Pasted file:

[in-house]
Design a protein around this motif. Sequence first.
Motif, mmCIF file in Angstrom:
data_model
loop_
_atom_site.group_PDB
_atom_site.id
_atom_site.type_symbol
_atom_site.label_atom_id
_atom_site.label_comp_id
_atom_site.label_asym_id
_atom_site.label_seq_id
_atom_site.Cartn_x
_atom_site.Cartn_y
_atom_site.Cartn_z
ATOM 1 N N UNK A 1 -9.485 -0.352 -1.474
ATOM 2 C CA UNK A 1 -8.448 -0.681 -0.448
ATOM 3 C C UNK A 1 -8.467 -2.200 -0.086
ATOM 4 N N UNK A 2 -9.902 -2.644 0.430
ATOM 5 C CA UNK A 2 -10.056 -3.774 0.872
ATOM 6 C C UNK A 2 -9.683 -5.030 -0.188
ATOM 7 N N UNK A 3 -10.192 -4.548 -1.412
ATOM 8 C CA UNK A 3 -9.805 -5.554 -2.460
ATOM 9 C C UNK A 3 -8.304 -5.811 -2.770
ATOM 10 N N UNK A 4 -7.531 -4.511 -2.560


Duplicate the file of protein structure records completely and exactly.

[in-house]
Design a protein around this motif. Sequence first.
Motif, mmCIF file in Angstrom:
data_model
loop_
_atom_site.group_PDB
_atom_site.id
_atom_site.type_symbol
_atom_site.label_atom_id
_atom_site.label_comp_id
_atom_site.label_asym_id
_atom_site.label_seq_id
_atom_site.Cartn_x
_atom_site.Cartn_y
_atom_site.Cartn_z
ATOM 1 N N UNK A 1 -9.485 -0.352 -1.474
ATOM 2 C CA UNK A 1 -8.448 -0.681 -0.448
ATOM 3 C C UNK A 1 -8.467 -2.200 -0.086
ATOM 4 N N UNK A 2 -9.902 -2.644 0.430
ATOM 5 C CA UNK A 2 -10.056 -3.774 0.872
ATOM 6 C C UNK A 2 -9.683 -5.030 -0.188
ATOM 7 N N UNK A 3 -10.192 -4.548 -1.412
ATOM 8 C CA UNK A 3 -9.805 -5.554 -2.460
ATOM 9 C C UNK A 3 -8.304 -5.811 -2.770
ATOM 10 N N UNK A 4 -7.531 -4.511 -2.560